On appeal from the Superior Court of New Jersey, Law Division, Atlantic County.
Approved for Publication December 23, 1996.
Before Judges Muir, Jr., Kleiner, and Coburn. The opinion of the court was delivered by Kleiner, J.A.D.
The opinion of the court was delivered by: Kleiner
The opinion of the court was delivered by
John Proffitt is the named insured under an automobile liability insurance policy issued by defendant, Prudential Property and Casualty Company of New Jersey. Proffitt's Prudential policy provides $100,000 in underinsured motorist (UIM) coverage. On April 22, 1993, Proffitt, while operating a vehicle owned by One Stop Auto Center (One Stop), was involved in a collision with a motor vehicle owned and operated by Bonnie Jeffers. One Stop was insured under a garage owner's liability insurance policy issued by plaintiff Aetna Casualty & Surety Company providing $500,000 in UIM coverage. Jeffers was insured under an automobile liability insurance policy issued by Lions Insurance Company (Lions), which provided $15,000 per person/$30,000 per accident insurance coverage. Two other individuals were also injured in the collision. Lions determined that Jeffers was the culpable tortfeasor and tendered its entire policy coverage, $30,000, to settle the claims of the three injured parties. Proffitt received $10,000. *fn1 The remaining $20,000 was divided between the other injured claimants.
Proffitt informed both Prudential and Aetna that he intended to pursue a claim for UIM benefits. Although the record on appeal is meager, it appears uncontroverted that Proffitt was not an employee of One Stop. The vehicle owned by One Stop had been entrusted to Proffitt by a One Stop employee for the sole purpose of performing a personal favor for the employee. The record on appeal does not reflect whether the "favor" was for the benefit of One Stop in any way.
After Proffitt asserted a claim for UIM coverage benefits against both Aetna and Prudential, Aetna filed a petition seeking a judicial declaration that Prudential was solely responsible for providing UIM coverage. Prudential filed its answer claiming that it had no responsibility to provide underinsurance benefits because Aetna, the insurer of the "host vehicle," was primarily responsible to Proffitt. Each party filed a motion for summary judgment. The motion Judge, following Aubrey v. Harleysville Insurance Co., 140 N.J. 397, 658 A.2d 1246 (1995), concluded that Prudential, as Proffitt's insurer, was responsible for any UIM payment.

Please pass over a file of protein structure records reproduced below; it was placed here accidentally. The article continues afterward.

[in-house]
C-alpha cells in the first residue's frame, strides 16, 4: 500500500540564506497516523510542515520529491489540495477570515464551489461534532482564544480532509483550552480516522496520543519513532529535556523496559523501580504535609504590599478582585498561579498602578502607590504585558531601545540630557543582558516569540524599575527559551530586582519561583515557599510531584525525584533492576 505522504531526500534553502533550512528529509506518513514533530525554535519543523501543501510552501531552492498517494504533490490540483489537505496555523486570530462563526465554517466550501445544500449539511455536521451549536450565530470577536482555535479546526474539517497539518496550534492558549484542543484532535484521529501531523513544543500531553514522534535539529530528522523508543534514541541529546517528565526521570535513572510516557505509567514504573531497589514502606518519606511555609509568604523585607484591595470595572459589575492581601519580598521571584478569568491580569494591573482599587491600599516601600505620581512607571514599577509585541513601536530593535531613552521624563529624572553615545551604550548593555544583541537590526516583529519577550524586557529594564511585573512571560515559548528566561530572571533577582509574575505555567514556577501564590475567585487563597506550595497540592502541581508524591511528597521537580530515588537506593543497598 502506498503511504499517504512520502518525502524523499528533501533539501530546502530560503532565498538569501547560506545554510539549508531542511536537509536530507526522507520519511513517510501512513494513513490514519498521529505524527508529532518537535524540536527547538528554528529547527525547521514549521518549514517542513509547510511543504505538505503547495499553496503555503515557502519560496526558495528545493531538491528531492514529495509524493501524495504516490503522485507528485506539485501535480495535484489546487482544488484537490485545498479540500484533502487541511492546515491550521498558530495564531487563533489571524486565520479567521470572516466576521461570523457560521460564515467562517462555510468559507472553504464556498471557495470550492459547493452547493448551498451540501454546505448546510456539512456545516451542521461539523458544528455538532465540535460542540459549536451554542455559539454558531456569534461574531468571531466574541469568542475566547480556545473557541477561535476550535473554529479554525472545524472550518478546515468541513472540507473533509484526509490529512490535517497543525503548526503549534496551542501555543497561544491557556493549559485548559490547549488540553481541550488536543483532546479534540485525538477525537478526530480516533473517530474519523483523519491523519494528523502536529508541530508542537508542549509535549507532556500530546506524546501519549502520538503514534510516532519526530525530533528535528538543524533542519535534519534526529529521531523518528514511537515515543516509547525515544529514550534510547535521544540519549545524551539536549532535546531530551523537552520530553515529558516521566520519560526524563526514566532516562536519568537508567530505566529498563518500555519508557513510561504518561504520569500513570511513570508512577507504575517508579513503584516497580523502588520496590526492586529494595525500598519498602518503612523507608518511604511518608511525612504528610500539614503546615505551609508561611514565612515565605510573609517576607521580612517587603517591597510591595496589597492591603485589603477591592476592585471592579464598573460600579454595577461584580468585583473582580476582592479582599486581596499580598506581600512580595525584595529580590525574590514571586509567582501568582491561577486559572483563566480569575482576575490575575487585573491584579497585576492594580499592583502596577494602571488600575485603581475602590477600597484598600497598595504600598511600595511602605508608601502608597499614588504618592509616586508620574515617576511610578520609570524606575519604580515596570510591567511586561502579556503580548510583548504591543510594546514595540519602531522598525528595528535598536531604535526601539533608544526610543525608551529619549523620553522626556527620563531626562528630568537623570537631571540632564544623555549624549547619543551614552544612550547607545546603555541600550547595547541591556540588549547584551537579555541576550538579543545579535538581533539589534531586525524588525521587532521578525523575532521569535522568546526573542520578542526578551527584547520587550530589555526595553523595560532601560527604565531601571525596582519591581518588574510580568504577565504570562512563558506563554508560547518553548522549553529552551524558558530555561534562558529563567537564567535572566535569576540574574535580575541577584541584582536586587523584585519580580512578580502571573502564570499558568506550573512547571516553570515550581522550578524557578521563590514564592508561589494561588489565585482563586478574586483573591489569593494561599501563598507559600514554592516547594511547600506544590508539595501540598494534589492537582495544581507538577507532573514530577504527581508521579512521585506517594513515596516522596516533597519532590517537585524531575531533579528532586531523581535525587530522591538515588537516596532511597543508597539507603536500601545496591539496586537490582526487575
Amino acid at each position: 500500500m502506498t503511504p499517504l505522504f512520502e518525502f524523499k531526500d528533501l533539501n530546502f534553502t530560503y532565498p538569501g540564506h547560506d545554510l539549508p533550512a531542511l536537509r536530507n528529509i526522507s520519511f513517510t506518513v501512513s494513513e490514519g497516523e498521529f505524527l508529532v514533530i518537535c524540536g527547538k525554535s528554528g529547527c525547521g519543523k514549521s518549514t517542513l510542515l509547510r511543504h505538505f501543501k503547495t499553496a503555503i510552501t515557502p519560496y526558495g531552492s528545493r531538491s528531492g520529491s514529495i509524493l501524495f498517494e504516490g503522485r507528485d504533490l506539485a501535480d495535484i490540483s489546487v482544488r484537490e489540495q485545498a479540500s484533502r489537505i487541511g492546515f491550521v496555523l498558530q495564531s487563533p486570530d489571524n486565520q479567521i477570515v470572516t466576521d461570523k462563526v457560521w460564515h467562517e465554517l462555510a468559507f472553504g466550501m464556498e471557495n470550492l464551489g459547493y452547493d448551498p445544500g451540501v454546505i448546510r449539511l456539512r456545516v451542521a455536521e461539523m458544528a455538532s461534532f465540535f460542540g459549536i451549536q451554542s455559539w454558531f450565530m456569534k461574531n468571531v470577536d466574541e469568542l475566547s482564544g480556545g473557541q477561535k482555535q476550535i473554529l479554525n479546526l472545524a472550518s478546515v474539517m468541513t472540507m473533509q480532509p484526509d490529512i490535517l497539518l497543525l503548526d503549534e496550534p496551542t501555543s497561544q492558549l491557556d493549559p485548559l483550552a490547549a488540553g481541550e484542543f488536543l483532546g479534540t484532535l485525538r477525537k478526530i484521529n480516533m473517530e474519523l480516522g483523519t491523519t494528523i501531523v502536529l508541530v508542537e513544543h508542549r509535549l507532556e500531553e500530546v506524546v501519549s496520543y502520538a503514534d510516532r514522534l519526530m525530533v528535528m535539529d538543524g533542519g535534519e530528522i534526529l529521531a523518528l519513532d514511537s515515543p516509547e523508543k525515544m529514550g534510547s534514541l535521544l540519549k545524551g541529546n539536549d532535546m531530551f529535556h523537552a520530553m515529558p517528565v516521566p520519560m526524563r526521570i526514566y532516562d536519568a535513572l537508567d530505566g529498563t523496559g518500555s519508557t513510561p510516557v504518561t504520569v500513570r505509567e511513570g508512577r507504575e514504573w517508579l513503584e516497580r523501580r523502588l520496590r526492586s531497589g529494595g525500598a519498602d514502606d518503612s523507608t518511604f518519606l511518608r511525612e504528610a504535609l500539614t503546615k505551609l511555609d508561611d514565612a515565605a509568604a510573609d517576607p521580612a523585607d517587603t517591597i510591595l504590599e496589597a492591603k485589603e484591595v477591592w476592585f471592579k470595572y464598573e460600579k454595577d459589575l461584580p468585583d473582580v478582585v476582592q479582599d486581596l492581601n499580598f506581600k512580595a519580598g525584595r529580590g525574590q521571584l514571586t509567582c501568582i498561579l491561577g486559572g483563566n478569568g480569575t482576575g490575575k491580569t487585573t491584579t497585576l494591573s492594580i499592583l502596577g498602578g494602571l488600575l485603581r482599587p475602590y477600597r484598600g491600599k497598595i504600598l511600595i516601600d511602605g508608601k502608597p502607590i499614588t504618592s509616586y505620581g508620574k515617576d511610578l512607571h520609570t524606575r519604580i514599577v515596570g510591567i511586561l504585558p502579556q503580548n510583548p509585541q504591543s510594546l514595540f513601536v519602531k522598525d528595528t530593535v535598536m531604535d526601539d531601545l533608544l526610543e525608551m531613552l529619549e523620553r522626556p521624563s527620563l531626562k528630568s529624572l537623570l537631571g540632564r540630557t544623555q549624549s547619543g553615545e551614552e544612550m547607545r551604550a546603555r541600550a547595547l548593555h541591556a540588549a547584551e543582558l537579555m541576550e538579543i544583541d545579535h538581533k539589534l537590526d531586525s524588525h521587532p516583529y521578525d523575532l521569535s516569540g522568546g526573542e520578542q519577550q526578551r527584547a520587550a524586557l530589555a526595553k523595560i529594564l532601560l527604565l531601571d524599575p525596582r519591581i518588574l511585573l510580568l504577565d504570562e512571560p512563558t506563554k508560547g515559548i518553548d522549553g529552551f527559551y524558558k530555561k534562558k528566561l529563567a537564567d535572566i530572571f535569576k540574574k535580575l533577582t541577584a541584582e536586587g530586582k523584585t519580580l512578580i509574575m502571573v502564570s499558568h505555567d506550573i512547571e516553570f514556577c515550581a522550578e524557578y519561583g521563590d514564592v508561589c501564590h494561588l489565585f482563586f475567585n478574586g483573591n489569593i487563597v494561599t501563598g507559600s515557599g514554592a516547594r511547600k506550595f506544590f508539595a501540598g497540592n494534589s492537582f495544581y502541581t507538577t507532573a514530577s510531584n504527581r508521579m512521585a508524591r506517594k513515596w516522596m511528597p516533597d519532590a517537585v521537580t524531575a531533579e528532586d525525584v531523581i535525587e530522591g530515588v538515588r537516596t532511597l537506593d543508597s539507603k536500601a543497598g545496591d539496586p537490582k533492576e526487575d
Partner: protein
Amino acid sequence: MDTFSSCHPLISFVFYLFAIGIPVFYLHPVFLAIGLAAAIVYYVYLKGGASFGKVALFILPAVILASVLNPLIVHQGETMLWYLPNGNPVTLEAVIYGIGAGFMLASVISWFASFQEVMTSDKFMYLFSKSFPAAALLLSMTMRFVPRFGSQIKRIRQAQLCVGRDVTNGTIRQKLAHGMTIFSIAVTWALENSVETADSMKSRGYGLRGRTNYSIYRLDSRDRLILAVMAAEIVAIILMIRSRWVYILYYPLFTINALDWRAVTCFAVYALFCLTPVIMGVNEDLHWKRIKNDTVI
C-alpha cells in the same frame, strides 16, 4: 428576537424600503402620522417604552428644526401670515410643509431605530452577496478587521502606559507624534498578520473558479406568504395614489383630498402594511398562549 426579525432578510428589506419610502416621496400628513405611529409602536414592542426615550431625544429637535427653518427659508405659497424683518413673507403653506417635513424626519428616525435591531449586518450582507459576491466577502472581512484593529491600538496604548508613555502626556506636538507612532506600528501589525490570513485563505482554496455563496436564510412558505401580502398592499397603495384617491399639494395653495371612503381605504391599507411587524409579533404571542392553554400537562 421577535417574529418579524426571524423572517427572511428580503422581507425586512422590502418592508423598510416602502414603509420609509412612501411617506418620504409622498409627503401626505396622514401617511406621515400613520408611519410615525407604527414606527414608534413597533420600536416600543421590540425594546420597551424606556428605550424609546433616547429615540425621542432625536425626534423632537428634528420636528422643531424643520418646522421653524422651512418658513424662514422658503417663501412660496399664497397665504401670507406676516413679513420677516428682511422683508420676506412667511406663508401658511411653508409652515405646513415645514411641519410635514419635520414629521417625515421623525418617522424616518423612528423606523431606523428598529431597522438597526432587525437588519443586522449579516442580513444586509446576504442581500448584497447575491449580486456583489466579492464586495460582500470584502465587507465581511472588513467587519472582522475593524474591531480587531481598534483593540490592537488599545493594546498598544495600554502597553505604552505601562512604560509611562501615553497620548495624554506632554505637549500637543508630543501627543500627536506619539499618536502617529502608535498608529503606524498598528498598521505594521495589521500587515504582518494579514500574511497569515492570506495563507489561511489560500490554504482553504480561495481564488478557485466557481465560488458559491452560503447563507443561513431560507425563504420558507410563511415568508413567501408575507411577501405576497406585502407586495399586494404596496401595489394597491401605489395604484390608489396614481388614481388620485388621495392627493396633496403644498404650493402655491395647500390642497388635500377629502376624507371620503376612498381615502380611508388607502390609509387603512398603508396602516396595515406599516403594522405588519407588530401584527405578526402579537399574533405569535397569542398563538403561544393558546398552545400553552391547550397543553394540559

On appeal, Prudential contends that the policy language in each policy of insurance, when construed together, warrants a contrary Conclusion.
Prudential's appeal was filed prior to the reported decision by another panel of this court, American Reliance Insurance Co. v. American Casualty Co., 294 N.J. Super. 238, 683 A.2d 205 (App Div. 1996). In American Reliance, the court relied on our prior decision in Royal Insurance Co. v. Rutgers Casualty Insurance Co., 271 N.J. Super. 409, 418-19, 638 A.2d 924 (App. Div. 1994), in which we held that any question as to the primacy of two policies providing UIM coverage for an accident is to be determined by the terms of the policies.
In American Reliance, an employee, Ordemann, who had her own liability insurance policy with American Reliance Insurance Company, was operating her employers' van while in the course of her employment. The van was insured by American Casualty Company. The issue on appeal focused on which insurance policy provided primary coverage. American Casualty stipulated that Ordemann was covered under the terms of its liability policy, which provided UIM benefits.
The court in American Reliance reasoned:
Unlike Aubrey, the circumstances here involve multiple policies that provide UIM coverage because Ordemann qualifies as an . . . underinsured under those policies. It is the terms of those policies, therefore, that govern. Prudential Property & Casualty Ins. Co. v. Travelers Ins. Co., 264 N.J. Super. 251, 260, 624 A.2d 600 (App. Div. 1993) ("the manner in which multiple policies providing UIM coverage are to be applied in a given circumstance requires the parties to turn to the provisions of the respective policies rather than the statute."). See Royal Ins. Co. v. Rutgers Cas. Ins. Co., 271 N.J. ...